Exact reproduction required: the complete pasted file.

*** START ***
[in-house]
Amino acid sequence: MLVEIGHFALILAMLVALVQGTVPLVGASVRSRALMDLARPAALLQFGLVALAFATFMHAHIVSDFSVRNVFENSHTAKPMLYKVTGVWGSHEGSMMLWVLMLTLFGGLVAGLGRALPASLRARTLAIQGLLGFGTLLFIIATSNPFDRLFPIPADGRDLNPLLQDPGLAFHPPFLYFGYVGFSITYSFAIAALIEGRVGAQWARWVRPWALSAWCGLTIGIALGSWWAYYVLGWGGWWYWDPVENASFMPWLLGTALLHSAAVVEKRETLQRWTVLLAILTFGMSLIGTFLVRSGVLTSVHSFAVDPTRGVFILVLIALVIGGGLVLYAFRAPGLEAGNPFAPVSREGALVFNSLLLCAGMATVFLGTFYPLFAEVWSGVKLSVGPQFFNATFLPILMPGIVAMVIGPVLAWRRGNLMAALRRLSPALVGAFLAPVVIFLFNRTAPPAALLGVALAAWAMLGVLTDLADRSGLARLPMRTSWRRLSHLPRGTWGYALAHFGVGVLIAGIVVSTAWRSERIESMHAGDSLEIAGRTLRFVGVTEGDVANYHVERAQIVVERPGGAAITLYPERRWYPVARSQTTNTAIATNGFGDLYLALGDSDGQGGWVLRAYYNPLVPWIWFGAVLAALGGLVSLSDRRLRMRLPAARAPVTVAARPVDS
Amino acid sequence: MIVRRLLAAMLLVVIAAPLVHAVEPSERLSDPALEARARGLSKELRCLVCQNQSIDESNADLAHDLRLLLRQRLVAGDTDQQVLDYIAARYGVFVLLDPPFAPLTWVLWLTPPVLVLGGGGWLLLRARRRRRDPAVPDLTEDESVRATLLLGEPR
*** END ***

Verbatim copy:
[in-house]
Amino acid sequence: MLVEIGHFALILAMLVALVQGTVPLVGASVRSRALMDLARPAALLQFGLVALAFATFMHAHIVSDFSVRNVFENSHTAKPMLYKVTGVWGSHEGSMMLWVLMLTLFGGLVAGLGRALPASLRARTLAIQGLLGFGTLLFIIATSNPFDRLFPIPADGRDLNPLLQDPGLAFHPPFLYFGYVGFSITYSFAIAALIEGRVGAQWARWVRPWALSAWCGLTIGIALGSWWAYYVLGWGGWWYWDPVENASFMPWLLGTALLHSAAVVEKRETLQRWTVLLAILTFGMSLIGTFLVRSGVLTSVHSFAVDPTRGVFILVLIALVIGGGLVLYAFRAPGLEAGNPFAPVSREGALVFNSLLLCAGMATVFLGTFYPLFAEVWSGVKLSVGPQFFNATFLPILMPGIVAMVIGPVLAWRRGNLMAALRRLSPALVGAFLAPVVIFLFNRTAPPAALLGVALAAWAMLGVLTDLADRSGLARLPMRTSWRRLSHLPRGTWGYALAHFGVGVLIAGIVVSTAWRSERIESMHAGDSLEIAGRTLRFVGVTEGDVANYHVERAQIVVERPGGAAITLYPERRWYPVARSQTTNTAIATNGFGDLYLALGDSDGQGGWVLRAYYNPLVPWIWFGAVLAALGGLVSLSDRRLRMRLPAARAPVTVAARPVDS
Amino acid sequence: MIVRRLLAAMLLVVIAAPLVHAVEPSERLSDPALEARARGLSKELRCLVCQNQSIDESNADLAHDLRLLLRQRLVAGDTDQQVLDYIAARYGVFVLLDPPFAPLTWVLWLTPPVLVLGGGGWLLLRARRRRRDPAVPDLTEDESVRATLLLGEPR